Samastitihi: Standing up in this World

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By Justin Casteel

In yoga, there is a pose called “mountain pose”.  Mountain pose is normally overlooked and seen as a transitional stance or as the beginning to a sequence.  But there is deep symbolism in this pose, and together, perhaps, we can explore it’s significance.

Mountain pose in Ashtanga Yoga is called “samastitihi”.  This means “to stand up tall”.  I think this is a powerful concept.  When you stand on your yoga mat, stand with poise and grace.  Stand with the feet engaged, with the mind alert, and a feeling of length in the spine.  Standing up tall, we create a feeling of lightness, physically and mentally.  When you stand with the body aligned, the stresses on the nerves coming out of the spine are lessened and the diaphragm is put in a more efficient position for respiration.

Standing up tall is also a chance to re-evaluate your normal, habitual standing posture.  Most people stand unconsciously.  Sometimes, the weight is shifted over one foot or the other, or maybe an individual will prefer to lean on a stationary object for support.  Some people stand with the weight more toward the heels, and some stand with the weight toward the toes.  None of these are bad, per say, but they indicate a mental shift in a direction, and, unchecked can lead to imbalance in the physical body and in the mind.  Imbalances are brought into the light by the power of our attention.  This is the power of Samastitihi; this is the power of standing tall.

To perform Samastitihi, stand with the feet very close or with the big toes touching.  The outer edges of the feet should be paralell and the weight evenly balanced over the entire foot, from the ball of the foot, to the heel, to the “ball” of the pinky toe.  This is the “triangle” of the foot- standing here reduces postural stresses all through the rest of the body.  Keep the knees “unlocked” but the kneecaps “lifted”.  Having the knees locked disrupts the natural system of curves through the body and can have echo effects anywhere, but most commonly increases the lumbar curve.  Keeping the kneecaps lifted ensures the muscles of the thigh are engaged- we don’t normally use the quadriceps in standing, and they can lose strength because of that.  Make sure the hips are drawn under the shoulders.  Sagging in the lower back throws off the delicate balance in the pelvis’ relationship with the head.  The chin is level with the floor, shoulder blades apart, and the palms pressing together with the thumbs resting against your sternum.

That seems like a physical breakdown of what is described above in psychoemotional terms.  But for yoga, and specifically for Samastitihi, the proof of the pudding is in the eating. Stand in that posture for a few moments, making sure the posture is correct.  Check in with your feet, knees, hips, spine, head, and hands.  Then, once you have the basic posture, take a few breaths and “feel” your body from the inside.  Notice if you feel more alert, more relaxed, centered.  Even if you don’t practice yoga, standing up tall and paying attention to how you stand can help unravel postures and patterns that lock you in to inefficient behavior.  This simple standing, alert and alive, will change things deep inside you.  All that is required is to stand.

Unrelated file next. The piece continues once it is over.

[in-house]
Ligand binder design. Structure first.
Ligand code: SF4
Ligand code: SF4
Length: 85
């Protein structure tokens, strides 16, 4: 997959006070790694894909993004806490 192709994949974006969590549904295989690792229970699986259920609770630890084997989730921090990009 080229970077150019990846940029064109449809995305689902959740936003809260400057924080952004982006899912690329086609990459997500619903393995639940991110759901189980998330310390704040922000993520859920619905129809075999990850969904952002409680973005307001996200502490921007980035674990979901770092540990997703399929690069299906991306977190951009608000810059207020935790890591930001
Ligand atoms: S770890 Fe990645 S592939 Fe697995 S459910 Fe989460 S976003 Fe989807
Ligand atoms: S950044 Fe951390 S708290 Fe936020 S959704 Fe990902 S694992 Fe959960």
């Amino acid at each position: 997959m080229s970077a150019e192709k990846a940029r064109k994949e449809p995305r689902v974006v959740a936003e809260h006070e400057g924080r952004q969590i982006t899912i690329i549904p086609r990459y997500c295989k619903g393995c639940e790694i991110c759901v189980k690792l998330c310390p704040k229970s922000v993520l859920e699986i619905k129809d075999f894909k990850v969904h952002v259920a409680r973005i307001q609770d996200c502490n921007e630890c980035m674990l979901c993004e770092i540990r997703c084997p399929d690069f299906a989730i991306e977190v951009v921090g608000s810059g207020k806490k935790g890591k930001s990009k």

Inspiration Corner

  • When our only reality becomes emerged within an “exaggerated importance “of material wealth we feel a certain lack and so, we desire more and more to fill this void.  In truth the material riches of this illusive reality we have created cannot fulfill a spirit robbed of the unseen treasures that are life’s true gifts.  May Peace, Light and Love surround you and yours always, D

  • Sometimes it is our fear and need to know the outcome that keeps us from stepping outside of our comfort zone and grabbing hold of the opportunities that offer us the greatest potential for growth.

  • The cycle of life begins with the innocence of pure acceptance, becomes entangled within the insecurity of doubt only to rise from the mire blossoming into the radiance of knowing and wisdom.

  • Have patience with all things, but chiefly have patience with yourself. Do not lose courage in considering your own imperfections but instantly set about remedying them – every day begin the task anew.

    Saint Francis de Sales

  • Listen, for within the whisper of the wind and the soft rustling from the leaves of the trees lie the wisdom of long forgotten truths.

  • Listen, for within the whisper of the wind and the soft rustling from the leaves of the trees lie the wisdom of long forgotten truths.

  • Life offers us many opportunities.  However, to truly experience the potential we must first be willing to choose and embrace the possibilities.

  • The color of one’s skin and the beliefs they hold are simply the cloak one wears and the staff they carry as they travel life’s journey.  What connects us all like family is not found in the outside appearance but rather in the light from within, which is the brilliancy of our individual Beings.

  • How often have you asked, and then when the very thing you have desired is offered you hesitate to grab it?  Perhaps the time has come for you to recognize the abundance that is within your grasp.

  • It is important that you take responsibility for your life.  After all, it is you who created your experiences.

  • Be happy, be healthy and be whole, for your tomorrows are created by the choices you make today.

  • Learn from the past, hope for the future, but always live in the now.

  • The only real obstacle in your life is the one you believe you cannot overcome.


  • Learning to love unconditionally is the key that will unlock the door to understanding your true life’s purpose.

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